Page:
Bechmark HD Tests – Dominick V. Strippoli
To hear some of the results from other review sites about how one Raptor is better than 2 and a RAID configuration makes no noticeable difference, I decided to do my own testing to prove otherwise.
I own the best video card on the market right now, basically the fastest retail dual core AMD processor on the market besides the FX-60 (x2 4800+ @ 2.6 Ghz), 2 gigs of RAM with excellent overclockability – basically a top of the line configuration, if you want to call it that.
The only thing bottlenecking my computer was the hard drive. Heck, the only bottleneck to most non-RAID systems today is the hard drive. I am the individual that wants the maximum possible performance out of my PC even if it means spending the extra amount of money on 2 Raptors for a RAID array, or buying the latest and greatest video card every 3 months.
I just couldn’t believe the “one Raptor is better than 2” argument to be true. So what did I do? I went out and I ordered my first Raptor. I was a little disappointed with my single Raptor results. In actuality, my old SATAII 250GB drive performed the same way in real world usage.
Here is a benchy of my first single Raptor yesterday:
Being crazy about PC performance, I was disappointed with my single Raptor. So what did I do? I ordered another Raptor and I just finished setting up a RAID 0 configuration with 16k striping. I want to put the Anandtech.com: “RAID is not meant for the desktop” statement to rest or at least challenge it.
I am very anal retentive when it comes to my PC not performing the way I like, as you can see with my impulsive second Raptor purchase. I also understand that the review site in question did not factor in a lot of variables during that testing, including the various different serial ATA controllers that all perform at completely different levels, some differences are very substantial.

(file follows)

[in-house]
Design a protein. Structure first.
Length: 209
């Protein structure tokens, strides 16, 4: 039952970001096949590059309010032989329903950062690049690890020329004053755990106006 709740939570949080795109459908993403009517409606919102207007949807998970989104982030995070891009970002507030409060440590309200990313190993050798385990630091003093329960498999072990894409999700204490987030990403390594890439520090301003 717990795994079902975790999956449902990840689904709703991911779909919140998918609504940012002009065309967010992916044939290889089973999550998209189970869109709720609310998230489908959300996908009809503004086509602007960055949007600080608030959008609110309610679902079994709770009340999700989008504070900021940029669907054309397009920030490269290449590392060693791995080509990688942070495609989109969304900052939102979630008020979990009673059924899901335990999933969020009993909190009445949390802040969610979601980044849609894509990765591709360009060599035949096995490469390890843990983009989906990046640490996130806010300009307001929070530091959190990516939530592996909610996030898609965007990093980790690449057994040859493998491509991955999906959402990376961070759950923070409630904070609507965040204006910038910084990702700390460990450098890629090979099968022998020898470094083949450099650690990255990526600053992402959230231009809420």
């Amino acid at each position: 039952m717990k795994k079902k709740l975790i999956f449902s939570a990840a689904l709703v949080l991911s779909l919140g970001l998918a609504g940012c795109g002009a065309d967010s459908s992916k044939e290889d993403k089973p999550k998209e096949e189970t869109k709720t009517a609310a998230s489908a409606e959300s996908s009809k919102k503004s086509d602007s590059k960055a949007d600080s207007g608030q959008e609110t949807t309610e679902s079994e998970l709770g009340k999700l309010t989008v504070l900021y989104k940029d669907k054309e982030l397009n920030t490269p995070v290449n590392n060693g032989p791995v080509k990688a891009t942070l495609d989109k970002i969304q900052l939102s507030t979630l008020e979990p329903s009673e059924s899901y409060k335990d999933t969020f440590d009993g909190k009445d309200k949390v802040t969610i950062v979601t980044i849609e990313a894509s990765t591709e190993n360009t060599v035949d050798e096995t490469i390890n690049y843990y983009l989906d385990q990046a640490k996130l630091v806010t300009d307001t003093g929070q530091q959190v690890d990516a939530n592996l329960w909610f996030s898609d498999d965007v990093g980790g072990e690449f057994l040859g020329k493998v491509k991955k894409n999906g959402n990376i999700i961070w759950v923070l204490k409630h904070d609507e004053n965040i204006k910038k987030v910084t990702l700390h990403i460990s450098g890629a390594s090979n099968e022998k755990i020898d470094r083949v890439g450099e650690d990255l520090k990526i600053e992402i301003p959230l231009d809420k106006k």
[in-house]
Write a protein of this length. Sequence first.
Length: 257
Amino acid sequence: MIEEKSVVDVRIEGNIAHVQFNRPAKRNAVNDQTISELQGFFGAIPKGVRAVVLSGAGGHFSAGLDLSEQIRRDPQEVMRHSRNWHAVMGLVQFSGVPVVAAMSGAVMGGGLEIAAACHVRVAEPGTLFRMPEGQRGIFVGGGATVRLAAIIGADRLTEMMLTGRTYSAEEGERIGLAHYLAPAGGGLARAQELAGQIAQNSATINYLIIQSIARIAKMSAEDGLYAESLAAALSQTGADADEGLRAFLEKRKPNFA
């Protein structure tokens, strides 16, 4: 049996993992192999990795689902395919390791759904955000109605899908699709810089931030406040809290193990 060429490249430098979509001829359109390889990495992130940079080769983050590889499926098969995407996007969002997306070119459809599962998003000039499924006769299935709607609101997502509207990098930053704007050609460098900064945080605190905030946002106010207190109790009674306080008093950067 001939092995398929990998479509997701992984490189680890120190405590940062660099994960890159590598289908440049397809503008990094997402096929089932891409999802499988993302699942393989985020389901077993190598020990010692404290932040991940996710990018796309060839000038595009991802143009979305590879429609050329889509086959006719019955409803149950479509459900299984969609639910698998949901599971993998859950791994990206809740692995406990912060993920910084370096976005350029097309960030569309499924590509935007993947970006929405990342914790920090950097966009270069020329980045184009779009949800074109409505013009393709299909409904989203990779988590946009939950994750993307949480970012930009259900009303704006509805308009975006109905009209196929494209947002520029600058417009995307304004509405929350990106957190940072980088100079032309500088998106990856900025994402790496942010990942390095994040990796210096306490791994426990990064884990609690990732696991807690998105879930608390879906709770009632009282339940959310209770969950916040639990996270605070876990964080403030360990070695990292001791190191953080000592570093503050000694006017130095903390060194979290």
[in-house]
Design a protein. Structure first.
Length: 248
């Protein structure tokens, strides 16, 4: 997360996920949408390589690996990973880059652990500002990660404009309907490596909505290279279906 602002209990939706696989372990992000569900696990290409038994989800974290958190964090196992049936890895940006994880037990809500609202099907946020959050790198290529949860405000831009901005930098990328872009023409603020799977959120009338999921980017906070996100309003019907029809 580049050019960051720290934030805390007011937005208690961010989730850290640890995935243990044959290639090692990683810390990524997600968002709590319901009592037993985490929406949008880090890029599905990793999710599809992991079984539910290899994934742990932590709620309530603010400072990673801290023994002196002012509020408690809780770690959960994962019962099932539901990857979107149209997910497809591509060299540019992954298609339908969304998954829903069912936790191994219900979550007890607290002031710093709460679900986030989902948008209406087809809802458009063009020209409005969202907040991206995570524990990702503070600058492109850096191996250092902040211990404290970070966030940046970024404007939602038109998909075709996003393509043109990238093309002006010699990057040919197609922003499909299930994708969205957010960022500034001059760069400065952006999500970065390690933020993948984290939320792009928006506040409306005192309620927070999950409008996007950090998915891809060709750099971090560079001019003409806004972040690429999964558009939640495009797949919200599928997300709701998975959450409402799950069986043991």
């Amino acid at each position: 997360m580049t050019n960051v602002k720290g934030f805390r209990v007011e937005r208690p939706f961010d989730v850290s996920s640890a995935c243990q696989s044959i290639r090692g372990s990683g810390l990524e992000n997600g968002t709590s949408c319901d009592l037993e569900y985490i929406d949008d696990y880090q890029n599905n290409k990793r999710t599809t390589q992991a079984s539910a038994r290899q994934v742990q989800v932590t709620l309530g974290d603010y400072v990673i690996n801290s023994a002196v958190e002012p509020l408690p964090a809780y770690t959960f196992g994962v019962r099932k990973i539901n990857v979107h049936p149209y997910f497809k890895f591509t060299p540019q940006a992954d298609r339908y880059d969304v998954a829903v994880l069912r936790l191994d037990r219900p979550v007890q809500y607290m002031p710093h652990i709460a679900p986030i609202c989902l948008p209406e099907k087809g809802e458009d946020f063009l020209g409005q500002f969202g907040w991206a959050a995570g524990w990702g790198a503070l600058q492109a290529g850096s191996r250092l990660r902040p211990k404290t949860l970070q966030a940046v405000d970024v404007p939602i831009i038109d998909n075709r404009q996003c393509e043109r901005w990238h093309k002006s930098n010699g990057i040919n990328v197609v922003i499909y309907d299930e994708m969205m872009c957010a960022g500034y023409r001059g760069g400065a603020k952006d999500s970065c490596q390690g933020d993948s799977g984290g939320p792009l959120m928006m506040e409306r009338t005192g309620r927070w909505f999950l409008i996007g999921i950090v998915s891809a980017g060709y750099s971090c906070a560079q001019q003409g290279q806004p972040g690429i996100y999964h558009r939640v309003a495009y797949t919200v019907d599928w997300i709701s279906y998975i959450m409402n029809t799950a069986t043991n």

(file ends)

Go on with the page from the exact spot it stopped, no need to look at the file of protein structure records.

My own example is that my Asus A8N-SLI motherboard has 2 controllers with 4 SATA ports on each controller for a total of 8 SATA ports. The first is the nVidia RAID controller with a maximum of 300 MBps, and the Silicon controller with a maximum of 150 MBps. We are basically looking at burst rates or theoretical maximum transfer rates when comparing maximums on the controllers, but it was proven that various controllers definitely affect sustained transfer rates, and obviously burst rates. So by me using the silicon controller, effectively speaking I could have downgraded the performance and not reached the full potential of a Raptor striping array.
The first thing that I noticed after the RAID-0 setup was the Windows XP installation speed. The computer performs tasks so rapidly that I find myself turning my back for a few seconds and realizing that a task is completed. The Windows XP installation, not counting formatting, took approximately 10 to 15 minutes. LOL! It was ridiculous. On my WD2500, this would take around 30 minutes.
The next thing I noticed on my PC after I was completely done with the XP Professional install and completely configuring all of the hardware drivers and standard software was the shutdown and reboot.